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|Articles - September 2010|
|Friday, August 20, 2010|
Boardman didn’t get a prison, it lost out on a Procter & Gamble plant to Utah and the $35 million Amazon data center at the Port of Morrow has been empty and half-finished for almost a year. It’s tough times for the small town. Yet now the port is preparing a site for another data center off Tower Road, six miles west of town that’s potentially an expansion of Amazon’s port site.
“We are partitioning a parcel for a potential data center project,” says Gary Neal, the port’s director. Neal, like almost everyone involved in working with data centers in Oregon, would not give any details about what company is involved. But Carla McLane, the director of planning, said this new proposed site would be a satellite of the Amazon data center at the port. The city owns the 45 acres in question and the port filed the application, which was for two parcels: one for immediate development and the other an expansion of that development.
So A plus B equals Amazon (doing business as Vadata), but don’t expect Amazon to confirm that, either. The company requested all questions be submitted via email, and then replied: “While we continually add resources to support the growing needs of our businesses, we don’t comment on specific activities in any of our data centers.”
Neal would not say when Amazon might resume construction on the data center at the port, which is to be built in six construction phases, with about 20 full-time jobs when it is complete. In an interview this past November with Tri-Cities TV station KEPR, he said the data center project was expected to be completed in late summer of this year.
Oops. Meanwhile, another Oregon data center is going great guns and being very public about it. Facebook announced in July that it would double the size of its Prineville data center now under construction. On a posting on the data center’s Facebook page, Tom Furlong, director of site operations, said: “To meet the needs of our growing business, we have decided to go ahead with the second phase of the project, which was an option we put in place when we broke ground earlier this year. The second phase should be finished by early 2012.”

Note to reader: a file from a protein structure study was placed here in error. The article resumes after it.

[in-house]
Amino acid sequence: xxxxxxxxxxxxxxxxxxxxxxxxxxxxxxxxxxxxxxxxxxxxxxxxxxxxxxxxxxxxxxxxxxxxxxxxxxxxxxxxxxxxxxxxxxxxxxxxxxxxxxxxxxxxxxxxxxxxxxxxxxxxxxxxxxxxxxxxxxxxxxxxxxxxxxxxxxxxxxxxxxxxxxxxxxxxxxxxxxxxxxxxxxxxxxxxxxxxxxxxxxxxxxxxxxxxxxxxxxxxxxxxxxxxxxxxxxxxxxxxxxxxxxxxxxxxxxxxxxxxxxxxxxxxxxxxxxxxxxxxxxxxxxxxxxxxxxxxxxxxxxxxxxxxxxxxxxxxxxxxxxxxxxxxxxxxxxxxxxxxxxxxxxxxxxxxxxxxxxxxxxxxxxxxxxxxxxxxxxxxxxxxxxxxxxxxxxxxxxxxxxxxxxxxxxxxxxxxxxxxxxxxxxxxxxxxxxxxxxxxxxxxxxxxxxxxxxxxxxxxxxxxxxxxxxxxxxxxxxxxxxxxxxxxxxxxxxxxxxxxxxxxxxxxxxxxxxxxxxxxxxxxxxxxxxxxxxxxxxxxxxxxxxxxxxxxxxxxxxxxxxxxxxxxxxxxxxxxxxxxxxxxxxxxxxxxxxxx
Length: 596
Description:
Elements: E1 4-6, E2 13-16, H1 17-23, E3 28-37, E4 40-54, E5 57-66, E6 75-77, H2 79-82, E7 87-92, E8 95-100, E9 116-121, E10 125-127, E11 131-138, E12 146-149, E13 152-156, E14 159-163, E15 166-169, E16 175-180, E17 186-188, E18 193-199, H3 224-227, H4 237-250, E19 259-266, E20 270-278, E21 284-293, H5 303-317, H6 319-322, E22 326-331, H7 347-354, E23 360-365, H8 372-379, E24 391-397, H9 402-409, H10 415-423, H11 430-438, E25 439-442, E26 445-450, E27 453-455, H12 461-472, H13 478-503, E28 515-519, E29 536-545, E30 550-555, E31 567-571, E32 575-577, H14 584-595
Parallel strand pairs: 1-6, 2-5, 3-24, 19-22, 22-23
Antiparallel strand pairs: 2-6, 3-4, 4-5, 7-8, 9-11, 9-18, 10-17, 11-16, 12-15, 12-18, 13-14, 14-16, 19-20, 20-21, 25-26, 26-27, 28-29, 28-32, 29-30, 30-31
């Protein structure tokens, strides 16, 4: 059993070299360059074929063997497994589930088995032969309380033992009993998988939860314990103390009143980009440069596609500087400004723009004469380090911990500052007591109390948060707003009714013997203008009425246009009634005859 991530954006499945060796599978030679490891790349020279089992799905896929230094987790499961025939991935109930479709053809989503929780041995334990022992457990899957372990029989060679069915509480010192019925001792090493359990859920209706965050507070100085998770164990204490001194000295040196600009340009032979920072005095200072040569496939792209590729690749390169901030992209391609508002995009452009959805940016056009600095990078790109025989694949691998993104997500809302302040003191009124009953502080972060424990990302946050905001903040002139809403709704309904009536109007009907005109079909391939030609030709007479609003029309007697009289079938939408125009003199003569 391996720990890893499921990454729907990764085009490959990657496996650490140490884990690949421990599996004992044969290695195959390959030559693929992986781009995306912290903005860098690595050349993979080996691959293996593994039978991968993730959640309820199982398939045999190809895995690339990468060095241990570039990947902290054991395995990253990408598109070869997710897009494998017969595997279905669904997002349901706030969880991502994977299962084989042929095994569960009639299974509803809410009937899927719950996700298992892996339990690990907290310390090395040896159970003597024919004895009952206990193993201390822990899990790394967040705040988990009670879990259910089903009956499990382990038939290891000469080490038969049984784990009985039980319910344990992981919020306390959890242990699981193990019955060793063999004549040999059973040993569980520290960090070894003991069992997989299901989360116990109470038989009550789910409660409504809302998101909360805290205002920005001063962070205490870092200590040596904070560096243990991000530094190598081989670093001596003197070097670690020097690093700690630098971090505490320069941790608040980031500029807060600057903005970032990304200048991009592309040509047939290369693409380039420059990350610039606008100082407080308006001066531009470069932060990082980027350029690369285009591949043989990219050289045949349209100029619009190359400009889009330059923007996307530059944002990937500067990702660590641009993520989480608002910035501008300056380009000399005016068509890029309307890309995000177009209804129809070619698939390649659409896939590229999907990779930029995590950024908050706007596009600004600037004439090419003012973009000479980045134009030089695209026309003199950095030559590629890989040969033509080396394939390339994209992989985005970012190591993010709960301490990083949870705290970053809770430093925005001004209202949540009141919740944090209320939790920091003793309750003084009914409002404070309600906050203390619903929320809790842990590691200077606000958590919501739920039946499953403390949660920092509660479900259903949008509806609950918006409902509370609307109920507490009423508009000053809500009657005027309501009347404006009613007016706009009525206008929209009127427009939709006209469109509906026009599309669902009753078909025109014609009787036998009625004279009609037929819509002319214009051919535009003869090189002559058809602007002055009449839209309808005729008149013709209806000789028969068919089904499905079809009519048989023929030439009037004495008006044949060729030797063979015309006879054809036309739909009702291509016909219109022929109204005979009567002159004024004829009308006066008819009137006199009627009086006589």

Portland-based Hoffman Construction is contracted to build the Amazon data center. VP Bart Eberwein would not comment on it, but did say in general terms about the high-tech market: “Some projects that were stalled might be started up again. Things are starting to thaw but we don’t know how quickly.”
Thursday, July 03, 2014
BY TED AUSTIN & MIKE BAELE | GUEST CONTRIBUTORS
The Office of Economic Analysis announced that Oregon is currently enjoying the strongest job growth since 2006. While this resurgence has been welcome, the lingering effects of the 2008 “Great Recession” continues to affect Oregon businesses, especially with regard to estate planning and business succession.
Friday, June 27, 2014
BY JASON NORRIS | OB BLOGGER
Over the last several months we have seen a wave of cross-border acquisitions, primarily U.S.-based companies looking to purchase non-U.S.-based companies. There are a few reasons for this, but the main culprit is the U.S. corporate tax system. The United States has one of the highest corporate tax rates in the world.
Friday, June 13, 2014
BY CLIFF HOCKLEY | OB GUEST BLOGGER
This article summarizes the key considerations a building owner must keep in mind when thinking about leasing to a medical marijuana dispensary.
Monday, July 07, 2014
BY TOM COX | OB BLOGGER
Named after the 2010 experiment by Thomas Ryan, "Robin Sages" are fake social media profiles designed to encourage linking and divulging valuable information.
Monday, June 30, 2014
Oregon Business magazine won two silver awards for excellence in writing in the National American Society of Business Publication Editors Western region competition.
Friday, May 30, 2014
Watch the 2014 100 Best Green Companies keynote speech by Eric Friedenwald-Fishman.
Tuesday, July 08, 2014
BY LINDA BAKER | OB EDITOR
The New Yorker recently published a sharply worded critique of “disruptive innovation,” one of the most widely cited theories in the business world today. The article raises questions about the descriptive value of disruption and innovation — whether the terms are mere buzzwords or actually explain today's extraordinarily complex and fast changing business environment.
Update: We caught up with Portland's Thomas Thurston, who shared his data driven take on the disruption controversy.
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